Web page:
Philosophical and ideological traditions permeate everywhere from popular thought, culture, and subjective experience to science, literature, and politics. In past decades, critical thinkers have engaged in re-determinations and restructurings of philosophical traditions that presuppose or utilize stable, universal origin points such as Truth, Nature, Purity, or Originality to construct their arguments. Jacques Derrida and Judith Butler represent two contemporary figures that radically challenge not only the conclusions of philosophical traditions, but the workings and methods that produce their conclusions. By analyzing gestures, presuppositions, and language that discretely hierarchize sides of binary oppositions, Derrida dissects the work of philosophical traditions that favor Originality and Purity while debasing and pejoratizing imitation, repetition, and appropriation as parasitical, deformed, dangerous, and derivative. In exposing the values placed on these oppositions, Derrida attempts to reverse the traditional opposition and displace the system upon which it is built.
[...] Context” that Austin's idea of performatives and language in general not only require repetition and iterability to function, but that repetition and imitation do not distort or deform performatives or language. When Austin attempts to dismiss “nonserious” language and citation or “infelicitous” performatives, Derrida illustrates that “serious” language and “successful” performatives are part of a system that requires iteration to function, and ultimately, exist. “Could a performative utterance succeed if its formulation did not repeat a ‘coded' or iterable utterance, or in other words, if the formula I pronounce were not identifiable as conforming with an iterable model, if it were not thus identifiable in some way as ‘citation'?” (Derrida 18). [...]
[...] This does not imply that the mark is valid outside of a context, but on the contrary that there are only contexts without any center or absolute anchoring” (Derrida 12). This ability of signs to be grafted into new contexts is meaning's conditions of possibility. By requiring imitating, and repeating to function, we see that no context fully controls or determines the meaning of a sign or the success of a performative. As Jonathan Culler so aptly comments, “total context is unmasterable, both in principle and in practice. Meaning is context-bound, but context is boundless” (Culler 123). [...]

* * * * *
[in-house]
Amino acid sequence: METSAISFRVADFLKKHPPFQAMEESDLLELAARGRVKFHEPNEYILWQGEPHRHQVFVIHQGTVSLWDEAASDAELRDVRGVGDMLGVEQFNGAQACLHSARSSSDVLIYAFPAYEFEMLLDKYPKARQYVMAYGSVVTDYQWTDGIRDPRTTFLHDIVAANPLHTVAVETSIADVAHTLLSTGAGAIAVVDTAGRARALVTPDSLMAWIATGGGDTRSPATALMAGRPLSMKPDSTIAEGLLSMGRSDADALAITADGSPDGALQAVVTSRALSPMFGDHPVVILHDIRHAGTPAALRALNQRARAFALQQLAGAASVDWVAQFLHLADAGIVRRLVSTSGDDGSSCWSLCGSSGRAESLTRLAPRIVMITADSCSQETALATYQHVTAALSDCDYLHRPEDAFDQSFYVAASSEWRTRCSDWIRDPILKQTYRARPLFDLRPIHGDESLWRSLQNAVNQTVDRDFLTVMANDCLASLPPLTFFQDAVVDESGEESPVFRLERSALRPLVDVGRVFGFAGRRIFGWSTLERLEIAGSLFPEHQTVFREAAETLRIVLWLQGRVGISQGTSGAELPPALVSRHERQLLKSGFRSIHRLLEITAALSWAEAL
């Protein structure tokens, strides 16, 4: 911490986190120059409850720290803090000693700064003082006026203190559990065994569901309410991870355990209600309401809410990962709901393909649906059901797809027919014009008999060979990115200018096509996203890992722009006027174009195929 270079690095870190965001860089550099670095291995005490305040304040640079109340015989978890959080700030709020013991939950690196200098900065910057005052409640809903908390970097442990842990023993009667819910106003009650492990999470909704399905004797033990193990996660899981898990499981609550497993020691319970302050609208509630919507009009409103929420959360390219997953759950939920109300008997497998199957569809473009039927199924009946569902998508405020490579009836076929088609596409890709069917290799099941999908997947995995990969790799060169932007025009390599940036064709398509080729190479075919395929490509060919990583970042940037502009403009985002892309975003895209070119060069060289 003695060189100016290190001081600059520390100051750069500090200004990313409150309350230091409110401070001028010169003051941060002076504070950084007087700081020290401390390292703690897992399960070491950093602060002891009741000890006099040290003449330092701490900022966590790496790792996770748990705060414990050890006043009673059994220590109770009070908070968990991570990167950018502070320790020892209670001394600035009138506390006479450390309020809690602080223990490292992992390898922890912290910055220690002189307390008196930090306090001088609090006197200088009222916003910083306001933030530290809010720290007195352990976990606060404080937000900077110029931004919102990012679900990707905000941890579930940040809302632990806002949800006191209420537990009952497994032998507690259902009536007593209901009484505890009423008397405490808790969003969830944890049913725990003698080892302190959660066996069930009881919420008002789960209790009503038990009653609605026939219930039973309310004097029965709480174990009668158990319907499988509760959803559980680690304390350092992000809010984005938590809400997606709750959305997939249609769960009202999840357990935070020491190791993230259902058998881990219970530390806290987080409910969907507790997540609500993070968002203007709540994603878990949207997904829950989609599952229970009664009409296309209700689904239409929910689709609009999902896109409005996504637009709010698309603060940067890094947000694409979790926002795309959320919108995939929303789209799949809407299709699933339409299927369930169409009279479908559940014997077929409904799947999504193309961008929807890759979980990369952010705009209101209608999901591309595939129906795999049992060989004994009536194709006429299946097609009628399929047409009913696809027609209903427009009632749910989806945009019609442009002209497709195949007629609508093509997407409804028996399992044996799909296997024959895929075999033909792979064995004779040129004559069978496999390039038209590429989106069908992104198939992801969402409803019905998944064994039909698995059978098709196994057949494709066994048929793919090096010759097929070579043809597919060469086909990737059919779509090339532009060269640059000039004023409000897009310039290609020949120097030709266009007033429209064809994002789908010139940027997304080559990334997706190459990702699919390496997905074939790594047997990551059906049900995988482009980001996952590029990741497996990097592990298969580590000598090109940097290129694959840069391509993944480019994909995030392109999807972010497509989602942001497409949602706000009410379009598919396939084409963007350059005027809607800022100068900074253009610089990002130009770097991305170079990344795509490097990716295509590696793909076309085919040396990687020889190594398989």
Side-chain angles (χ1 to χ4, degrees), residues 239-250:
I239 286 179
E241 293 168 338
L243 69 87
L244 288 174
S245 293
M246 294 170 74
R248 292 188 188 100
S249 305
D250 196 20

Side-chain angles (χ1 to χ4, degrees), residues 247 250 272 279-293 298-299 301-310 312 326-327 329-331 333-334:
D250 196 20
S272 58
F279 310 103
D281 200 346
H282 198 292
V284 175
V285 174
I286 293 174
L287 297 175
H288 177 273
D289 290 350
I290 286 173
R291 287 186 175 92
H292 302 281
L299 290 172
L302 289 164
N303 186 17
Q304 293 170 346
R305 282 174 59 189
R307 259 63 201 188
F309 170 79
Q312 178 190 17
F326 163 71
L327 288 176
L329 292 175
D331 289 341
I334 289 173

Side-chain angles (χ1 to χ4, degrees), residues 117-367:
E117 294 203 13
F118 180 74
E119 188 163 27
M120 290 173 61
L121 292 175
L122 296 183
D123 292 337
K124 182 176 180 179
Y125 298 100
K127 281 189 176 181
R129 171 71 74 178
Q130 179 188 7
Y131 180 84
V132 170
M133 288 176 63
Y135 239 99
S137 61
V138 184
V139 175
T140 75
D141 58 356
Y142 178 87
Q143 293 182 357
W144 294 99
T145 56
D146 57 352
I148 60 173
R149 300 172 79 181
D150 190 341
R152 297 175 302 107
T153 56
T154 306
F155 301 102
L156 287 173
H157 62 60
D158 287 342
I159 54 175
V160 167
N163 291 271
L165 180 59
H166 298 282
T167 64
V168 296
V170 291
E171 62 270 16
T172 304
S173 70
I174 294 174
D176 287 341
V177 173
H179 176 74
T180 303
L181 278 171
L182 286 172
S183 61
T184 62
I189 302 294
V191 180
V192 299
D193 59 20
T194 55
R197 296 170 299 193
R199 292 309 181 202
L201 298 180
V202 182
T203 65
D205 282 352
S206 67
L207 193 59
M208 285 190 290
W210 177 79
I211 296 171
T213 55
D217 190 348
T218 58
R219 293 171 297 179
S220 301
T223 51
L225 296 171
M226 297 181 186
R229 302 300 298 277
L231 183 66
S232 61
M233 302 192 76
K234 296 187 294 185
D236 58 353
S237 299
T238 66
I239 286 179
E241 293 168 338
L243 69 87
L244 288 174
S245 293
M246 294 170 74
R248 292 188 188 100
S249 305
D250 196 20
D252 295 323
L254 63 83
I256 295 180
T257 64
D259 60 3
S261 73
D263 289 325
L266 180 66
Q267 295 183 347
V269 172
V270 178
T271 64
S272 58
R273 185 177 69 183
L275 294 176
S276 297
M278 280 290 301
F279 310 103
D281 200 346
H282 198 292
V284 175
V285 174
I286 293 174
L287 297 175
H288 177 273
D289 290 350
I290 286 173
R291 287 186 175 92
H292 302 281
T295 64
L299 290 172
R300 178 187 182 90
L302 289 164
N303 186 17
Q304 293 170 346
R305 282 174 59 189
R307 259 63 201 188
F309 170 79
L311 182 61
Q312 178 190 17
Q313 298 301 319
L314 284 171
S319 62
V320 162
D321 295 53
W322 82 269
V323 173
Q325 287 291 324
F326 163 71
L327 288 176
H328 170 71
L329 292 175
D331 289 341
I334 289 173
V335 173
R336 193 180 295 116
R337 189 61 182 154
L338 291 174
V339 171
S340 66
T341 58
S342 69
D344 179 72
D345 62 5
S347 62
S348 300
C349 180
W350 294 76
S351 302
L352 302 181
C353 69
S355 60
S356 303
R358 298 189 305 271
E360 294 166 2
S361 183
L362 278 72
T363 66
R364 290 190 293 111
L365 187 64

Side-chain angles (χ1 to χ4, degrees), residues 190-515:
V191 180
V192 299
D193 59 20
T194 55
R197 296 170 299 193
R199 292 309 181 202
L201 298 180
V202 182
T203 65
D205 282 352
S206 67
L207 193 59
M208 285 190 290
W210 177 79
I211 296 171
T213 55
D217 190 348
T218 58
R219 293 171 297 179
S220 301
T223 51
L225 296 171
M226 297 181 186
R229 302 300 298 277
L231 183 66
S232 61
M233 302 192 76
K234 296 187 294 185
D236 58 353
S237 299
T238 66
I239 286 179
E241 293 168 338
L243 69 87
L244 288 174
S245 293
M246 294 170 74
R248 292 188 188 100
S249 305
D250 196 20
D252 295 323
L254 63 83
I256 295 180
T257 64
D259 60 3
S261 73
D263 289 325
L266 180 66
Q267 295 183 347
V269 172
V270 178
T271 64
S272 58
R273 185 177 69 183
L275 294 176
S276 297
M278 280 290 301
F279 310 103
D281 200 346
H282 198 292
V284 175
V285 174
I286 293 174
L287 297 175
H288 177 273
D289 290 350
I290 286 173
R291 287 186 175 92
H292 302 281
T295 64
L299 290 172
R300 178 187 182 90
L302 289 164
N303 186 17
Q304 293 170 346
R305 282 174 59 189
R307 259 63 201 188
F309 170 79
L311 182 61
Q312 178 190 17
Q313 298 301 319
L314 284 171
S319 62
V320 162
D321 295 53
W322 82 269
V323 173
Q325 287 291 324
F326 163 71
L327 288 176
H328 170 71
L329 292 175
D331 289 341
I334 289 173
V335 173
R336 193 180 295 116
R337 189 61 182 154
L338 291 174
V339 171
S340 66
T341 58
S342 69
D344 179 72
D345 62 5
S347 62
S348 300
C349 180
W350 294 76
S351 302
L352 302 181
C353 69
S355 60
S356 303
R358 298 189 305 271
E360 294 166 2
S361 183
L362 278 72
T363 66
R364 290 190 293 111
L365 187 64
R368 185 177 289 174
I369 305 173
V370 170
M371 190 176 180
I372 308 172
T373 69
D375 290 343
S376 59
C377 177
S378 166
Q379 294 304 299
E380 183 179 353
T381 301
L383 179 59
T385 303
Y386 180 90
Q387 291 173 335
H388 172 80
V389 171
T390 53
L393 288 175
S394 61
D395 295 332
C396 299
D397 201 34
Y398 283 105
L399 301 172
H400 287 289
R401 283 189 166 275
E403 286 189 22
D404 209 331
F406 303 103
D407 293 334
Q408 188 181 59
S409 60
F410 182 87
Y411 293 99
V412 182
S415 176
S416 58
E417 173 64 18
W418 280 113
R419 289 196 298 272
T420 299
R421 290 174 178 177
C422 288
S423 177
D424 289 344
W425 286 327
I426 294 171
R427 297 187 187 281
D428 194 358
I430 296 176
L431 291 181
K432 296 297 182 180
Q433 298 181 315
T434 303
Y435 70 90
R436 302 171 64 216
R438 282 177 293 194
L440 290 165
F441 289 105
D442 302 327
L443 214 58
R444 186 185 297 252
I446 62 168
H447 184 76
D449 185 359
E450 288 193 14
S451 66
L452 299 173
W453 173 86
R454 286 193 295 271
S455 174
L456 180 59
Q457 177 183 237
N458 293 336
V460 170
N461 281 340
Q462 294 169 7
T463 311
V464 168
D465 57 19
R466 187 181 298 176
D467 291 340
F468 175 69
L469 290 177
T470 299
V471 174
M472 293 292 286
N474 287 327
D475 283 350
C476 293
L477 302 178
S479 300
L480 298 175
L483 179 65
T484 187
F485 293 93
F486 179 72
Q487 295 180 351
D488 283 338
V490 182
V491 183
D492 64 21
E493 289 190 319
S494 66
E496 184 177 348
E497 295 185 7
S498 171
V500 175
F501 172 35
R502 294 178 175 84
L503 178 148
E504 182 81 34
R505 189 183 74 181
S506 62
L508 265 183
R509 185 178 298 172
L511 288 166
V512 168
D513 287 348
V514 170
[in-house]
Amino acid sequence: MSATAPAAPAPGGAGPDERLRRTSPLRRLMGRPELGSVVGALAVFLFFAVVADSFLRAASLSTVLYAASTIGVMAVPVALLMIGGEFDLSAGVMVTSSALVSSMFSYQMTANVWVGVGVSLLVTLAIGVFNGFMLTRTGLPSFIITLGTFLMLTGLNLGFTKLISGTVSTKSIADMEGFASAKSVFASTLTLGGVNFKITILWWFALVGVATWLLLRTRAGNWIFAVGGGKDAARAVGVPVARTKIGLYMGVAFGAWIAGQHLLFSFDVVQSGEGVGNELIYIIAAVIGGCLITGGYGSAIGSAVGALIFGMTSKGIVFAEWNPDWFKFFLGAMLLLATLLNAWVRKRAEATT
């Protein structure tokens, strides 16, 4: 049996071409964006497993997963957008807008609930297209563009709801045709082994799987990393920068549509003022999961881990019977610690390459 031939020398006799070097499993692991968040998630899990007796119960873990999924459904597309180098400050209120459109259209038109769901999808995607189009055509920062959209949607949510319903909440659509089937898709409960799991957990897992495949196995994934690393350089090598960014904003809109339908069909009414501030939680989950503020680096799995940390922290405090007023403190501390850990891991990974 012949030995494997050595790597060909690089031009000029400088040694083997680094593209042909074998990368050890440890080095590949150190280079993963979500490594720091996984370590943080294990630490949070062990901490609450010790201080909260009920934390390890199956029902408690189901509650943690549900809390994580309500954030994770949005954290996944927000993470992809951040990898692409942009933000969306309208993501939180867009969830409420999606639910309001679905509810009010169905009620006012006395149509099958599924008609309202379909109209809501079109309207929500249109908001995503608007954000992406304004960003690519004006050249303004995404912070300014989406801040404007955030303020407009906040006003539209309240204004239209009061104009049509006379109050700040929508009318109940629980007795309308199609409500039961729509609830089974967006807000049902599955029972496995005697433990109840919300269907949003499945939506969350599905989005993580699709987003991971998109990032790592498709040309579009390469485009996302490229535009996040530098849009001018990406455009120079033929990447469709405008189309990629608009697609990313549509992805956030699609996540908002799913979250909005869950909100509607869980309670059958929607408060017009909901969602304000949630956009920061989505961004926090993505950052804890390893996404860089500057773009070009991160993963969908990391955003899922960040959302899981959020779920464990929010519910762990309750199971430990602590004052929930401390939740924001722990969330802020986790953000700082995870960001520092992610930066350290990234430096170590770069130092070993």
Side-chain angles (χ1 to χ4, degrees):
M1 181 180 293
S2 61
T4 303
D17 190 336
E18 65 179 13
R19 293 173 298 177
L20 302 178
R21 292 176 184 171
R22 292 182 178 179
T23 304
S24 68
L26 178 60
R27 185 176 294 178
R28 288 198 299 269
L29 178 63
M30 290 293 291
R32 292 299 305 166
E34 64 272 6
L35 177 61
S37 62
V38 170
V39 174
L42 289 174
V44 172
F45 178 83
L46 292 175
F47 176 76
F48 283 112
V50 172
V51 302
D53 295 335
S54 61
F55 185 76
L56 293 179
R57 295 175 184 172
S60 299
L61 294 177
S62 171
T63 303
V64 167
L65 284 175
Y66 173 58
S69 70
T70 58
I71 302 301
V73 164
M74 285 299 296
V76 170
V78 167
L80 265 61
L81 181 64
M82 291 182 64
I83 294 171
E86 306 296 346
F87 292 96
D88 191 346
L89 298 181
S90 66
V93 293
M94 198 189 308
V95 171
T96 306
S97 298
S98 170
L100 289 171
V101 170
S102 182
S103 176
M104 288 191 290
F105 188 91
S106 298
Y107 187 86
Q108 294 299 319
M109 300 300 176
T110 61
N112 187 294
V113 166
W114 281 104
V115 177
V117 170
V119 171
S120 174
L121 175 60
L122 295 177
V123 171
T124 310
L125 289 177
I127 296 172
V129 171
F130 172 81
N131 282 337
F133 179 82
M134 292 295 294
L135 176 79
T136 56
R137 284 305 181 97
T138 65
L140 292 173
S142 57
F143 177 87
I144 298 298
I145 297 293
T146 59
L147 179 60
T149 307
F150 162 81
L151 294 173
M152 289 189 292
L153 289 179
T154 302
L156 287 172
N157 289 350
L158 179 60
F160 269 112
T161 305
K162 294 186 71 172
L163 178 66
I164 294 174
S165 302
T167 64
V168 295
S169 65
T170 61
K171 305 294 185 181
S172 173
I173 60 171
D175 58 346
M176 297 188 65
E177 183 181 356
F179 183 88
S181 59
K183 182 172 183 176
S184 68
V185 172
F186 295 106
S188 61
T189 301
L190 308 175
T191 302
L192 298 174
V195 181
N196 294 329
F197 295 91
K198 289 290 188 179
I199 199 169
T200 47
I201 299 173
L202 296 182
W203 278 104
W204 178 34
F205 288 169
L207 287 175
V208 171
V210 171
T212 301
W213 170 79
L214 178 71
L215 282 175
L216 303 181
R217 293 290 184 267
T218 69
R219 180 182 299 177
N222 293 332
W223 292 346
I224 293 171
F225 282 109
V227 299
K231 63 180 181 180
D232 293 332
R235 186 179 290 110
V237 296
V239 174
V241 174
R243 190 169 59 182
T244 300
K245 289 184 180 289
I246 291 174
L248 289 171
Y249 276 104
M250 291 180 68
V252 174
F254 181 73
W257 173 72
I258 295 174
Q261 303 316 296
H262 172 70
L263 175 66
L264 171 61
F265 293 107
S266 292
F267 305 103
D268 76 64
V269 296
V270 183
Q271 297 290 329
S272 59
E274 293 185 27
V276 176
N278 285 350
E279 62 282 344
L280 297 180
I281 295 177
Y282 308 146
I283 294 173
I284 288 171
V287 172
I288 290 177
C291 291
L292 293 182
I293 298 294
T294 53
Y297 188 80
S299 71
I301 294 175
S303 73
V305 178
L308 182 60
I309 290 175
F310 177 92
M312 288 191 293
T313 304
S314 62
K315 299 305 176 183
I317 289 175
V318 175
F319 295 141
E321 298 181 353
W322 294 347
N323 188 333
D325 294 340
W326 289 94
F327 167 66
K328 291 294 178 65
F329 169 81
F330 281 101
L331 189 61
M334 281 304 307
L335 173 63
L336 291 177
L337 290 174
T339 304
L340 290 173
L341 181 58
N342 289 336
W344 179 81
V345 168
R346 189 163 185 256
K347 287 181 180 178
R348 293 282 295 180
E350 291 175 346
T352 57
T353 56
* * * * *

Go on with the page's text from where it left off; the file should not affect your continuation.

[...] Those same effects deemed “parasitic,” deformed, dangerous, or unnatural in linguistic, semiotic theory (and in many philosophical traditions) have larger effects than, as some might think, intellectual games for academics. Notions of Natural, Original, and Pure permeate throughout all of cultural which, in turn, constructs identity and perception. As Barton and Butler suggest, these very effects called “parasitic” by many can serve as a tool for “political intervention” to “transgress” repeated, reiterate, implemented, and ubiquitous “rules and social norms.” As we have seen the appearance of recognizability and identity construction through repetition, [...]
[...] While Butler's essay focuses on the production of gender specifically, we can utilize her methods and assertions to come to a broader conclusion regarding the role of repetition in identity constitution. Butler establishes the idea that gender is learned and constructed and not Original, Natural, or Pure in the introduction to her essay: this sense, gender is in no way a stable identity or locus of agency from which various acts proceed; rather, it is an identity tenuously constituted in time an identity instituted through a stylized repetition of acts. [...]
using our reader.